The chief problem with the bill is that it conflicts with settled case law. In 1980, the Supreme Court held an almost identical law to be unconstitutional. In Stone v. Graham the Court declared that the Ten Commandments is “undeniably a sacred text in the Jewish and Christian faiths” and noted that many of the Commandments “concern the religious duties of believers.” No recitation of a secular purpose for the posting of the Commandments could “blind [the justices] to that fact.” The court also stated that such postings had the undeniable purpose of having schoolchildren “read, meditate upon, [and] perhaps to venerate and obey, the Commandments.” Considering these factors, the Court held that the posting violated the constitutional command prohibiting the state from enacting laws respecting an establishment of religion. The postings demonstrated a state preference for religion while it encouraged religious fealty among schoolchildren. The postings also violated the constitutional command that government must remain be neutral toward religious matters.1
In the 31 years since the Stone decision, the Court has not questioned its holding. It has been followed by lower courts, which have declined to extend rationales allowing Ten Commandment displays in courthouses and public parks to the school context.2
As noted, the bill would also require school officials to choose among competing version of the Ten Commandments. The Commandments appear in two places in the Old Testament, in Exodus and Deuteronomy, each with slightly different wording. Then, variations in language exist among the versions recognized by Catholic, Protestant and Jewish faiths. Any posting will require a school official to choose one version over the others; James Madison described it as “arrogant pretention” that public officials were competent judges of “religious truth.” Public officials lack authority to determine what is a correct or preferred representation of a religious text. And through the process of choosing and preferring one version over another, the schools will be inviting religious dissension.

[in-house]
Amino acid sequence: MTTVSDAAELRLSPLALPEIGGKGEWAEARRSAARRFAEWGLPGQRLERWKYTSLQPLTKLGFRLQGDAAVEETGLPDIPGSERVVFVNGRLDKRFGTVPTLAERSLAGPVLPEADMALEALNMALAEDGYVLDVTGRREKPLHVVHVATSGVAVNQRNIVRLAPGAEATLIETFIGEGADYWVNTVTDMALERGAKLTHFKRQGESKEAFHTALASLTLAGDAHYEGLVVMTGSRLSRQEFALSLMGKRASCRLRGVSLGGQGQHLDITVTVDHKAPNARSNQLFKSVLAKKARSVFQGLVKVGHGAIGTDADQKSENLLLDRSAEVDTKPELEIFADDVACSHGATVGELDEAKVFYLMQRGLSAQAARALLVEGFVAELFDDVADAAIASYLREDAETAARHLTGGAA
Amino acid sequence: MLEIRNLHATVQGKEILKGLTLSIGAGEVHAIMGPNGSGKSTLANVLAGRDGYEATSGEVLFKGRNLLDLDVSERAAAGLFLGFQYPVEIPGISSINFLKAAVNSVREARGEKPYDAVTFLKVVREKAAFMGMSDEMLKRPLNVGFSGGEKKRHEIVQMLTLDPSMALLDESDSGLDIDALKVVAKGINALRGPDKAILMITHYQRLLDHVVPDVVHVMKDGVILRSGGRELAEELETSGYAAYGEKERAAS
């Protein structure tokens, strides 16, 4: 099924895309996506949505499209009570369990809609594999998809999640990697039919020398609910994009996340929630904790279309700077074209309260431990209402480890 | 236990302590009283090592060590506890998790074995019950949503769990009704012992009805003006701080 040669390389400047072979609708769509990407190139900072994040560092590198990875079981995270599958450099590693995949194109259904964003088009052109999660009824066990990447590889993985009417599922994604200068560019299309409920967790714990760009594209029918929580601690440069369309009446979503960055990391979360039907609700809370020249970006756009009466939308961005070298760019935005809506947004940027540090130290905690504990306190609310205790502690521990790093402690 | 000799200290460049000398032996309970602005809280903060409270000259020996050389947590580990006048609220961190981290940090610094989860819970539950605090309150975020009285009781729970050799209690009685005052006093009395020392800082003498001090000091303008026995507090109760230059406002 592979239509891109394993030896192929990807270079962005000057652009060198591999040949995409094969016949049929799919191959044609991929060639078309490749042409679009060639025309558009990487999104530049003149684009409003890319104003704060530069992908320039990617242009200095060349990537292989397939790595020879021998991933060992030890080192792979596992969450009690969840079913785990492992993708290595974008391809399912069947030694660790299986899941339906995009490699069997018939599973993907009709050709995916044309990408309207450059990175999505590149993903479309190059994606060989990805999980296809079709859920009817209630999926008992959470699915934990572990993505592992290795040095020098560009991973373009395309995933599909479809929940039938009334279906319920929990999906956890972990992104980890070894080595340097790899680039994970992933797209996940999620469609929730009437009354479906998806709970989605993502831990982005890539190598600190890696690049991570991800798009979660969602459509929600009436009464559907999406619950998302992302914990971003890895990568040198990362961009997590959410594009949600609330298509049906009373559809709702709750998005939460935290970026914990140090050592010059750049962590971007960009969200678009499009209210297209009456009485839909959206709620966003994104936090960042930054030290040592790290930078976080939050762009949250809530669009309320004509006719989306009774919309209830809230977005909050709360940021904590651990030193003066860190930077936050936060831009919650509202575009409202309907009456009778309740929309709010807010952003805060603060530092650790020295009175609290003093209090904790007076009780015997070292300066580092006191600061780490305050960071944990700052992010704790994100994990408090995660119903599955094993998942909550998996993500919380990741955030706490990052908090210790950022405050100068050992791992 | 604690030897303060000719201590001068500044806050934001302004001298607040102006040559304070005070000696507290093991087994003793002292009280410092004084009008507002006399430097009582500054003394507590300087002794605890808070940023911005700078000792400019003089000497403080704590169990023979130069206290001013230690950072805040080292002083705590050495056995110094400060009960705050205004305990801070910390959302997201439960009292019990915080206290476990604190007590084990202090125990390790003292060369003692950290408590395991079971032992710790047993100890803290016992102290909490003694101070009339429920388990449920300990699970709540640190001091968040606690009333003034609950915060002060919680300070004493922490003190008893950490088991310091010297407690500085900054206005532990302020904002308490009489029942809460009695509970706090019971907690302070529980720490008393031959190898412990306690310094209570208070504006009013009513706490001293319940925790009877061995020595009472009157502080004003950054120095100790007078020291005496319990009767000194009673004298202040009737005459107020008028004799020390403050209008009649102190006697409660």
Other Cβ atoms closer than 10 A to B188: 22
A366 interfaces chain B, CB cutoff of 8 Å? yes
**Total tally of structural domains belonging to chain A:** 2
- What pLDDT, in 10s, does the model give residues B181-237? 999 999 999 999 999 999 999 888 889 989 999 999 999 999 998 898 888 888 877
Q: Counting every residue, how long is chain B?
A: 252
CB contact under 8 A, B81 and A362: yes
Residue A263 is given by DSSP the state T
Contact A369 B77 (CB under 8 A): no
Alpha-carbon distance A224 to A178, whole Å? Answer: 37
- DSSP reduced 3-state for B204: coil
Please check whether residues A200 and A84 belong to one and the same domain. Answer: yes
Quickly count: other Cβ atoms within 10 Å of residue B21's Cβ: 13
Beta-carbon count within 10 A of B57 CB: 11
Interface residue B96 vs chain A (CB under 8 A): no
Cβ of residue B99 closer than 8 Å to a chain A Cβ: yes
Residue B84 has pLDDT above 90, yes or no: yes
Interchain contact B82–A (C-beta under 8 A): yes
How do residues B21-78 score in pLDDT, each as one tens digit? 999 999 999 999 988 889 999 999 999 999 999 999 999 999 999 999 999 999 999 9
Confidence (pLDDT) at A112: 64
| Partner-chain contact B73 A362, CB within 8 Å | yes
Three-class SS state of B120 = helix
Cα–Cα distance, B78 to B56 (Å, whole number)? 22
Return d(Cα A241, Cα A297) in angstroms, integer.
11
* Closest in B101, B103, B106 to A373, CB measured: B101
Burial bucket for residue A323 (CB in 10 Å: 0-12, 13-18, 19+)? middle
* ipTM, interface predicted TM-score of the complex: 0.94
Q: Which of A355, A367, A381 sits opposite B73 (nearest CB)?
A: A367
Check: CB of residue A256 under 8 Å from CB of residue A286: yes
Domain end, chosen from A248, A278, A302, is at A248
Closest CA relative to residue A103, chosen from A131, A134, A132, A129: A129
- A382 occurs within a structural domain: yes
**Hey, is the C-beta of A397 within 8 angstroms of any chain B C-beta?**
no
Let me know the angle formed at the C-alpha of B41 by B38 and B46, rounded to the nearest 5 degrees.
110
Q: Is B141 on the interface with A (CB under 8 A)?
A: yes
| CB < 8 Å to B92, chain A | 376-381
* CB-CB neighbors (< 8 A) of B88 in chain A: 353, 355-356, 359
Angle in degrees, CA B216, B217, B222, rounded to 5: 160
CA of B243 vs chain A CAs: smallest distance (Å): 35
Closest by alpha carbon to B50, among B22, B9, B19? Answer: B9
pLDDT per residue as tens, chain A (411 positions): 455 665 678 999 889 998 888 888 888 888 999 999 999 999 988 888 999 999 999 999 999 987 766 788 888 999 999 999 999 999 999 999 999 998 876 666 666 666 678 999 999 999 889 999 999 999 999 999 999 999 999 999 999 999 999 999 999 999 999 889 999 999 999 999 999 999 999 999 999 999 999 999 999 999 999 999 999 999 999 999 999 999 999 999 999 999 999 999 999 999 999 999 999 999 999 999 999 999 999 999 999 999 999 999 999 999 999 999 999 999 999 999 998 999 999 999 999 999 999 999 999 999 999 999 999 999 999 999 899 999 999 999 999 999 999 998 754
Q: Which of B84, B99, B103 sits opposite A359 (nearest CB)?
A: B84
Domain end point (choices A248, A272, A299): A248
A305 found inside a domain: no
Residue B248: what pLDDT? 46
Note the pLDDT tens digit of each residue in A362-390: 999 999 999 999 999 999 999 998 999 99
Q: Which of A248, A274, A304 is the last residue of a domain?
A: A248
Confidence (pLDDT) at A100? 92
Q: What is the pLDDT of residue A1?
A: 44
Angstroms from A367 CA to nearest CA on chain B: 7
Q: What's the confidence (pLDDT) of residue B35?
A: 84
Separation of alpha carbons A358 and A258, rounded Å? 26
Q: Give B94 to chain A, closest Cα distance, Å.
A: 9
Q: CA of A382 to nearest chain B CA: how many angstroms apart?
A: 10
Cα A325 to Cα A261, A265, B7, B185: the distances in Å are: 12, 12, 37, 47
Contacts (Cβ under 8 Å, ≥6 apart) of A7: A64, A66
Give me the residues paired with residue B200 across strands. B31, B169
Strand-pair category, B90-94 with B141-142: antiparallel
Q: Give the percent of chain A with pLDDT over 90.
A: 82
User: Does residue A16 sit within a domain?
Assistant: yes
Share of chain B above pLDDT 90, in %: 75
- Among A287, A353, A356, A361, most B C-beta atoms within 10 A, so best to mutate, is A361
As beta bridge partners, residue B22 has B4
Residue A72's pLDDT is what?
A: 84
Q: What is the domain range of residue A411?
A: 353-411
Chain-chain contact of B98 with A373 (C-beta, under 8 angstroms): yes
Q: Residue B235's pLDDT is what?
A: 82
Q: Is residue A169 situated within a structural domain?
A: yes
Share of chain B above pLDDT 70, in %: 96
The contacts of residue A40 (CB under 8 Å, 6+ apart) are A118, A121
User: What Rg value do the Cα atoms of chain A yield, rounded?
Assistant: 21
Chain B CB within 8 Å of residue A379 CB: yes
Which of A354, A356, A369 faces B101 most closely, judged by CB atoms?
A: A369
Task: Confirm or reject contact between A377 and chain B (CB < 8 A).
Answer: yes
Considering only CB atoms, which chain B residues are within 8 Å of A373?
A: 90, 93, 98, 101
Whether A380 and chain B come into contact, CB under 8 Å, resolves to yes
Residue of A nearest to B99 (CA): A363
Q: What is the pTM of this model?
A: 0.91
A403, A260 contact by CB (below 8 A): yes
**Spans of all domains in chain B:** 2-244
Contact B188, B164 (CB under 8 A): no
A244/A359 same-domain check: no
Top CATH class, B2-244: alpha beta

Moreover, the Court has held that the Free Speech Clause of the Constitution forbids the government from engaging in viewpoint preferences or discrimination among religions. Once the schools allow the posting of a religious text of one faith, it will be required to accept texts of other faiths.3
Finally, this bill will invite the politicization of religion. We should all be concerned whenever religious issues become embroiled in political debate. James Madison again warned of the dangers of public officials employing “religion as an engine of civil policy.” The political use of religion not only depreciates government but also harms religion, Madison remarked: it was “an unhallowed perversion of the means of salvation.”
1 Stone v. Graham, 449 U.S. 39 (1980).
2 ACLU v. McCreary County, 354 F.3d 438 (6th Cir. 2003), affirming Doe v. Harlan County School Board, 96 F.Supp.2d 667 (E.D. Ky. 2000).
3 Larsen v. Valente, 456 U.S. 228 (1982); Rosenberger v. University of Virginia, 515 U.S. 819 (1995).